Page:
Requests for Science Advice

Between 2013-14 and 2017-18, 49% of the 1247 requests for science advice submitted to the CSAS were included as part of the science advisory schedule either the same year they were submitted or in subsequent years as resources and/or data for developing the science advice became available.

Among the various client sectors submitting requests for science advice ,the sectors that experienced the biggest gap between the number of requests submitted and addressed were Oceans Management, Species at Risk, Fisheries Protection Program and Aquaculture.

Inclusiveness & Conflict of Interest

Inclusiveness

73% of CSAS clients and end-users feel that the CSAS peer- review assessments involve an appropriate range of perspectives to support the development of science advice. There is however, a tension among CSAS stakeholders regarding whether only scientists and/or individuals with a scientific background should participate in the peer review assessments or if the assessments should be more inclusive of participants from industry, academia, Indigenous communities, and non-governmental organizations.

Conflict of Interest

While the Chair of the CSAS peer review assessment is responsible for mitigating conflicts of interest, best practices reveal that robust conflict of interest policies and/or guidelines are also important. Currently, the CSAS does not have a conflict of interest policy or general guidelines and there is concern that external stakeholder groups (e.g. industry, non-governmental organizations) participating in the CSAS process may attempt to use the process to advance their own agenda.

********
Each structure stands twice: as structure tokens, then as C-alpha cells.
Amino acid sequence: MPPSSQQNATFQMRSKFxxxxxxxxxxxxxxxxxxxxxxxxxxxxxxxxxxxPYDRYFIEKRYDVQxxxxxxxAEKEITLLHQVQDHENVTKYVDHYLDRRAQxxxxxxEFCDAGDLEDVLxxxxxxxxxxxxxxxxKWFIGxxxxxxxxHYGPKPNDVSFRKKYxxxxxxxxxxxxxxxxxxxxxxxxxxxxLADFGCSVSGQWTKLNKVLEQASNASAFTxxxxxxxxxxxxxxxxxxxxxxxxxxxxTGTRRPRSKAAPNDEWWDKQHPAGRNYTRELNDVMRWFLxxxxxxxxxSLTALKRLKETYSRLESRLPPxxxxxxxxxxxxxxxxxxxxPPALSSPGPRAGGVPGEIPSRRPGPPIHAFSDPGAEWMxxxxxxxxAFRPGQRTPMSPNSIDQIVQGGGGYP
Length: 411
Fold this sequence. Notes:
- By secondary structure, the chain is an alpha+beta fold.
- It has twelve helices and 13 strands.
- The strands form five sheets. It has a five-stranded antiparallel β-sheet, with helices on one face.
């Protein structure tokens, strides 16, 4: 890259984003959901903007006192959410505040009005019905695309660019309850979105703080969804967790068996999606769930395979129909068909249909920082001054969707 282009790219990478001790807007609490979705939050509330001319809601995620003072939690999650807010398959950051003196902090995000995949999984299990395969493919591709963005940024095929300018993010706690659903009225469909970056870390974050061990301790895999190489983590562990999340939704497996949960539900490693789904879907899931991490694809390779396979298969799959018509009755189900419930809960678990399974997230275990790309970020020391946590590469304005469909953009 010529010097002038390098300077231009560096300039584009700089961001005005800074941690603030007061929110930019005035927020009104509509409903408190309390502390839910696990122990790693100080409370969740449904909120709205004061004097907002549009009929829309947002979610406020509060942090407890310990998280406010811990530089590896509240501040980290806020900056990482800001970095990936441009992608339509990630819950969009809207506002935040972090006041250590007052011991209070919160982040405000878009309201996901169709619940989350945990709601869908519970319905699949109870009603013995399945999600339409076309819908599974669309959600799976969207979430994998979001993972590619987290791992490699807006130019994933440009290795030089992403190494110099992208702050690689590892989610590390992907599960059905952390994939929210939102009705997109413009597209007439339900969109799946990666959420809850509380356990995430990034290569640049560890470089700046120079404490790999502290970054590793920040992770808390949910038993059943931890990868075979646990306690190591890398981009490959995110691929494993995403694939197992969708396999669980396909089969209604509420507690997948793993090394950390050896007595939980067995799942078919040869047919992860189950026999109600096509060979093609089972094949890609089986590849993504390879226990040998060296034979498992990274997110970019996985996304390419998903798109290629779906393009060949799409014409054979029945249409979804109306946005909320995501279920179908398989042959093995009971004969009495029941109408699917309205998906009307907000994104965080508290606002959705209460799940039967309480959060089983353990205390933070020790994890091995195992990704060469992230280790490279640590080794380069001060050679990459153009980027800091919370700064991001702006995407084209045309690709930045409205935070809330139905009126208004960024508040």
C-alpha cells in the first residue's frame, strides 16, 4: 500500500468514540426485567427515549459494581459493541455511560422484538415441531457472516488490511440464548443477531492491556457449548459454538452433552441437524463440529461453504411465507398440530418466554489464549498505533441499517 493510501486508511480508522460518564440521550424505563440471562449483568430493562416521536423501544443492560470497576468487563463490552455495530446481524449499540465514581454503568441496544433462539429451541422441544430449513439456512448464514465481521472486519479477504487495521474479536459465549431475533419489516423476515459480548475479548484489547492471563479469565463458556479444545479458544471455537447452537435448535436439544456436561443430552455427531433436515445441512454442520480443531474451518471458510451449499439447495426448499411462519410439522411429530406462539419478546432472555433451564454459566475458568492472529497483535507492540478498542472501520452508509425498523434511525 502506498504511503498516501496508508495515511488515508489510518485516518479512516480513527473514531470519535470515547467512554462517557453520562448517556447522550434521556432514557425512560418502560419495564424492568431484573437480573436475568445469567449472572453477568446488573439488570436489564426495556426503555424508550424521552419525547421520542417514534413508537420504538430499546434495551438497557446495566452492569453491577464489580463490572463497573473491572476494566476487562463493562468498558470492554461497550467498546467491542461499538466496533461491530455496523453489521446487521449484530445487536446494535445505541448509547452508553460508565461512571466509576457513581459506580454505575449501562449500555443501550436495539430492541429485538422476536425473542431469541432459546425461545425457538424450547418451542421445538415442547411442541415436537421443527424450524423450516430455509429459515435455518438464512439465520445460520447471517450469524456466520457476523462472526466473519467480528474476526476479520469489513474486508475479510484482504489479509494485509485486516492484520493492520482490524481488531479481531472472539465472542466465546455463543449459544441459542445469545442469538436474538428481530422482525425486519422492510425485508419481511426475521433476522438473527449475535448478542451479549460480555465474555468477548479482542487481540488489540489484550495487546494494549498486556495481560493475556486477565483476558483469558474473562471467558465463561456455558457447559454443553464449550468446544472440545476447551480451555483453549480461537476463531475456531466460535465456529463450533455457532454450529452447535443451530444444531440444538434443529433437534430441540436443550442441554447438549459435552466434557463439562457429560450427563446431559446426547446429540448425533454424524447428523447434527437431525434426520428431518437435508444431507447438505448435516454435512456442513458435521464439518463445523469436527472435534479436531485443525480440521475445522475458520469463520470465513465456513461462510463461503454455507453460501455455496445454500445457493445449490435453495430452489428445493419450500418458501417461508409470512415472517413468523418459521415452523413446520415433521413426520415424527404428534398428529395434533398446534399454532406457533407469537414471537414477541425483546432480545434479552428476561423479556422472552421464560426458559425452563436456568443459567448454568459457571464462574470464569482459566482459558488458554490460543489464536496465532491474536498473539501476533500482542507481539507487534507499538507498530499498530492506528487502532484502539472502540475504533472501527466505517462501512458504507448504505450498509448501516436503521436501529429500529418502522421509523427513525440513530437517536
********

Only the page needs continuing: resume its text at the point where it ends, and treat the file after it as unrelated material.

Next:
Submission and Publication Compliance Rates

Of the 1022 documents analyzed in the publication data- base, 77% (n = 787) were published, 21% (n = 215) were not yet submitted for publication and 2% (n = 20) were submitted but not yet published

Science Advisory Reports and Research Documents had the lowest submission compliance rates

Science Advisory Reports and Science Responses had the lowest publication compliance rates

Recommendations

It is recommended that the ADM, Ecosystem and Oceans Science:
  1. Develop mechanisms to support the standardization of formal communication between EOS scientists and CSAS clients during each phase of the science advisory process.
  2. Implement a multi-year science advisory schedule as part of the CSAS science advisory process to support adherence to the SAGE Principle of early issues identification and to mitigate some of the challenges impacting the extent to which the CSAS is able to address requests for science advice.
  3. Develop clear guidelines to support the operationalization of the SAGE principle of inclusiveness.
  4. Develop a conflict of interest policy to support adherence to the SAGE Principle of sound science advice with clear guidelines regarding the roles and responsibilities of peer-review assessment participants including the Chair.
  5. Review timeline targets and develop mechanisms to increase compliance rates for the submission and publication of CSAS documents.

For the full evaluation, visit the DFO Evaluation website: http://www.dfo-mpo.gc.ca/ae-ve/evaluations-eng.htm